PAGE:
Distracted driving is a growing problem on U.S. roads. In fact, every year, at least 3,100 people are killed – and well over 400,000 others are injured – in distracted driving crashes. 1While these numbers certain paint a grim picture, they don’t capture the impacts or harm that distracted driving crashes can have on victims’ families, especially when those crashes have deadly outcomes.
One man, who has had to live with the impacts of a fatal distracted driving crash for years, has, however, decided to use that tragedy as a source of inspiration. In fact, the man – Entrepreneur Scott Tibbits – has developed a new device that can reportedly prevent distracted driving crashes and, hopefully, save lives.
The Device that Could Stop Distracted Driving
About seven years following the death of a colleague in a distracted driving accident, Tibbits developed a device called the Groove, which is a small portable instrument that plugs into most vehicles and blocks smart phones from being able to send or receive data. While Groove still allows calls to go through, it blocks texts, emails and social media alerts until a driver reaches his destination and unplugs the device.
Compatible with any phone, Groove essential works with phone carriers to block data transmission. This makes it the first device of its kind to work on the carrier level. Some other key features of Groove include:
- Quick installation (taking an average of 30 seconds)
- “Smart” blocking, as the device reportedly “knows” when (and when not) to block distractions
- Compatibility with all vehicles dating back to 1996
- No software required.
Can this Device End Distracted Driving in the U.S.?
Although many have high hopes for Groove and its potential to eliminate distractions for motorists, the scope of the distracted driving epidemic in the U.S. may be too grand for just one device to reign in.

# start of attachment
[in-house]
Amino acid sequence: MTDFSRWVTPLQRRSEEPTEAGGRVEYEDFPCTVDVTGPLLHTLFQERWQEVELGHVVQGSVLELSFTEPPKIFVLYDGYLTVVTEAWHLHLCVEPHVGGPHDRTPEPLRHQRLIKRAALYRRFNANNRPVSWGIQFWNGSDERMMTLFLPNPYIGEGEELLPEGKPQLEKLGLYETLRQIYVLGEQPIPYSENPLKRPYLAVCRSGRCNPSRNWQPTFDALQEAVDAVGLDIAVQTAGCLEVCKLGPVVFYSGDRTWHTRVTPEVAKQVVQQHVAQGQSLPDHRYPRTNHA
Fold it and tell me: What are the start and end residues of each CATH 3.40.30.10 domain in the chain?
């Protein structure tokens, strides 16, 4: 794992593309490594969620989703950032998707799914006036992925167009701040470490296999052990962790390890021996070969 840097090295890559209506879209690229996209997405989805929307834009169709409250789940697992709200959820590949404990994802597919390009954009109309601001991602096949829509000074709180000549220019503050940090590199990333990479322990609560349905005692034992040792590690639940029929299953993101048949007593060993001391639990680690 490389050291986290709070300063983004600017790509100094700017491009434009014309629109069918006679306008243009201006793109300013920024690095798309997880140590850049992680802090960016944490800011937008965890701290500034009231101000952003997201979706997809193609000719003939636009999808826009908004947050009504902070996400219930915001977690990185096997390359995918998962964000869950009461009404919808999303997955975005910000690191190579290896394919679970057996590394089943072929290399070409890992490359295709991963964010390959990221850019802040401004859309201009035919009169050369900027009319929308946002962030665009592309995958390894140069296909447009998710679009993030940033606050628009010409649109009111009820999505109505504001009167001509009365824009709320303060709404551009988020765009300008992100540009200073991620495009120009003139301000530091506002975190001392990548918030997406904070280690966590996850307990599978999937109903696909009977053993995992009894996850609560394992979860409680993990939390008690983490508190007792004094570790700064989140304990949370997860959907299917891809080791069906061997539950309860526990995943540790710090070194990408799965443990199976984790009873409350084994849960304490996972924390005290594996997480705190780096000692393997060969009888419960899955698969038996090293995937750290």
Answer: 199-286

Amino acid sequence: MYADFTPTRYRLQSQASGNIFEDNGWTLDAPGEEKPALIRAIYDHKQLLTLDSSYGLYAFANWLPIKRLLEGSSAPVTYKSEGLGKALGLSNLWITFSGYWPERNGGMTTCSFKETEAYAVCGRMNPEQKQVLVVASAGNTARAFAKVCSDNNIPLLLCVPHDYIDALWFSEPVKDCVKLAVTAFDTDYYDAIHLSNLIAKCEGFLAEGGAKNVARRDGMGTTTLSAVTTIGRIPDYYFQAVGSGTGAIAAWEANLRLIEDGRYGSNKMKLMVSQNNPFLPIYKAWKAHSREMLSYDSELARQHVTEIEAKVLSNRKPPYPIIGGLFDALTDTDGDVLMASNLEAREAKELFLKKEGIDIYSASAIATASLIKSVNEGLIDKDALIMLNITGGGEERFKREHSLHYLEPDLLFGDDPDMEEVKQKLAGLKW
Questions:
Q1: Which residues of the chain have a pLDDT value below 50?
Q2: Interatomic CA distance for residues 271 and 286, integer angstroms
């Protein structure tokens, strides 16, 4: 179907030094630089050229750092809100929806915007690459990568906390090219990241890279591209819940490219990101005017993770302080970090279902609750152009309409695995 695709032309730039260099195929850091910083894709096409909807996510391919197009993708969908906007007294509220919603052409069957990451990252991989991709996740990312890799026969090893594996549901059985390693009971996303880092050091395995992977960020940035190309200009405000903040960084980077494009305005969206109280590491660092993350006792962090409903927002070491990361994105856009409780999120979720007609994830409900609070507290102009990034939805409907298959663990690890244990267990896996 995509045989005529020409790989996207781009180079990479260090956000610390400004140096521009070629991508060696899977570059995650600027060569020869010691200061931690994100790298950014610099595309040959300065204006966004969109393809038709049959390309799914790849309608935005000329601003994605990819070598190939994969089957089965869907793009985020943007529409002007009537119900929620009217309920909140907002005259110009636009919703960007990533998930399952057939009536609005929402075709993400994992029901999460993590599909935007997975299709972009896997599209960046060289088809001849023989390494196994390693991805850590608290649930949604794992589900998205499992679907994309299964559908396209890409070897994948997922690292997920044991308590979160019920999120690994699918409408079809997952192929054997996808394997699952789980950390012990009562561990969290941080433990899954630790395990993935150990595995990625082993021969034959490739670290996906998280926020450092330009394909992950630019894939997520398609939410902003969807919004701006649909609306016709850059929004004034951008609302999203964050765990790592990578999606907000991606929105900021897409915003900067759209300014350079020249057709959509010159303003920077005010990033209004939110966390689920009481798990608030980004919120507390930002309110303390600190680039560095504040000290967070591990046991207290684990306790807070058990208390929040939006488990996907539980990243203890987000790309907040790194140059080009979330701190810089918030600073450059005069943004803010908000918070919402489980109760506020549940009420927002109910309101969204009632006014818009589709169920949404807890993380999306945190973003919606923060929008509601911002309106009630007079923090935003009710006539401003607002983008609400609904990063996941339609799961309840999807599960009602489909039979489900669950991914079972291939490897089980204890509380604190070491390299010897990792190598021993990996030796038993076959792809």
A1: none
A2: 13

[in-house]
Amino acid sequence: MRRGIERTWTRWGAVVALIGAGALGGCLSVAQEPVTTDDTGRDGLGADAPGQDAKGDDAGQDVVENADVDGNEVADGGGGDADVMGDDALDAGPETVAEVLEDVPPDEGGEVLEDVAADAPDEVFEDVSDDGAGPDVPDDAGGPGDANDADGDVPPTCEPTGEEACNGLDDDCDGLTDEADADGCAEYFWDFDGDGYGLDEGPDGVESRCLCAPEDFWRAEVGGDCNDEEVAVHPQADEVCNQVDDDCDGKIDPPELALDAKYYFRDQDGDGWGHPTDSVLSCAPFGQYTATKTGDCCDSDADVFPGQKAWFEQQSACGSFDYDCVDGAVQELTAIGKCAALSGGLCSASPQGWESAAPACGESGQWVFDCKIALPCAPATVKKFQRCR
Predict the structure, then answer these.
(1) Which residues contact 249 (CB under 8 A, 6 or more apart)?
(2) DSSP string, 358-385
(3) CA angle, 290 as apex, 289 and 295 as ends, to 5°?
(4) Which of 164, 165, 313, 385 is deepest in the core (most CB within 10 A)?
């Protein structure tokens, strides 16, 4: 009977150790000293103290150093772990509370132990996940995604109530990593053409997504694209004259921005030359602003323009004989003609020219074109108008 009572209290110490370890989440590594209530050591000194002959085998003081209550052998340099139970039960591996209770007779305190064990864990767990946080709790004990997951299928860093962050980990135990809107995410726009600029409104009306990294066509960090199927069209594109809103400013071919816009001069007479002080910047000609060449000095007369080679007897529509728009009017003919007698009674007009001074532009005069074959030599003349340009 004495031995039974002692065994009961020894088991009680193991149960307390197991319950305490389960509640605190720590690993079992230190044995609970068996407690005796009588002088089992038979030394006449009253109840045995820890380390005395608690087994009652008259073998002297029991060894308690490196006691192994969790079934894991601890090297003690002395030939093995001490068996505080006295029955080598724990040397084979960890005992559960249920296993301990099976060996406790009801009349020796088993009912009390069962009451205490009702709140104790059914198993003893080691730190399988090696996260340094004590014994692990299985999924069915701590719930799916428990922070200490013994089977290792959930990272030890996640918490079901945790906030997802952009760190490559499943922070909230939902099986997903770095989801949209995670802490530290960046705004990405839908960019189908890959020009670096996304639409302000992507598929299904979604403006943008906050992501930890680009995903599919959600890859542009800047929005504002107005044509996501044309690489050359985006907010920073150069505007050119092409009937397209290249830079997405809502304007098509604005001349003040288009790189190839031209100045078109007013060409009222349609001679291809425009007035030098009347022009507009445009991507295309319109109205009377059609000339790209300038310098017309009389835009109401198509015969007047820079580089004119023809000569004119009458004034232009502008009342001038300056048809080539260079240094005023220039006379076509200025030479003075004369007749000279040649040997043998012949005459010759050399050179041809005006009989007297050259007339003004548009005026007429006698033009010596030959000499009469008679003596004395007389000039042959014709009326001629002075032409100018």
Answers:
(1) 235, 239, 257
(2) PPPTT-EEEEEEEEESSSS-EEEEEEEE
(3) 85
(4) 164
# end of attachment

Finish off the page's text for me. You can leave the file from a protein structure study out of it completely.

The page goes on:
That’s because, as the U.S. Department of Transportation explains, distracted driving is not exclusive to cellphone use behind the wheel. It can also arise from actions that include (but are not limited to) the following when driving:
- Drinking or eating food
- Personal grooming in the vehicle (e.g., shaving, putting on/checking makeup, etc.)
- Reading or studying maps
- Using a GPS navigation system
- Adjusting vehicle controls or using voice-controlled systems.
So, while Groove may be helpful in deterring drivers from texting or using cellphones while driving, there may also need to be a greater shift in the thinking, choices and behaviors of motorists in order to truly end the distracted driving epidemic in the U.S.
Contact a Denver Car Accident Attorney at the Law Office of James H. Guest, LLC
If you or a loved one has been injured in a distracted driving crash or in any type of traffic collision, contact a Denver car accident attorney at the Law Office of James H. Guest, LLC for help with your financial recovery.
Call (303) 872-5283 or (888) 841-6593 or email us via the contact form on this page for more information about our services and how we can help you. We offer free initial consultations, and there is no fee for our services if there is no recovery in your case.
1According to data from federal authorities at the U.S. Department of Transportation (DOT)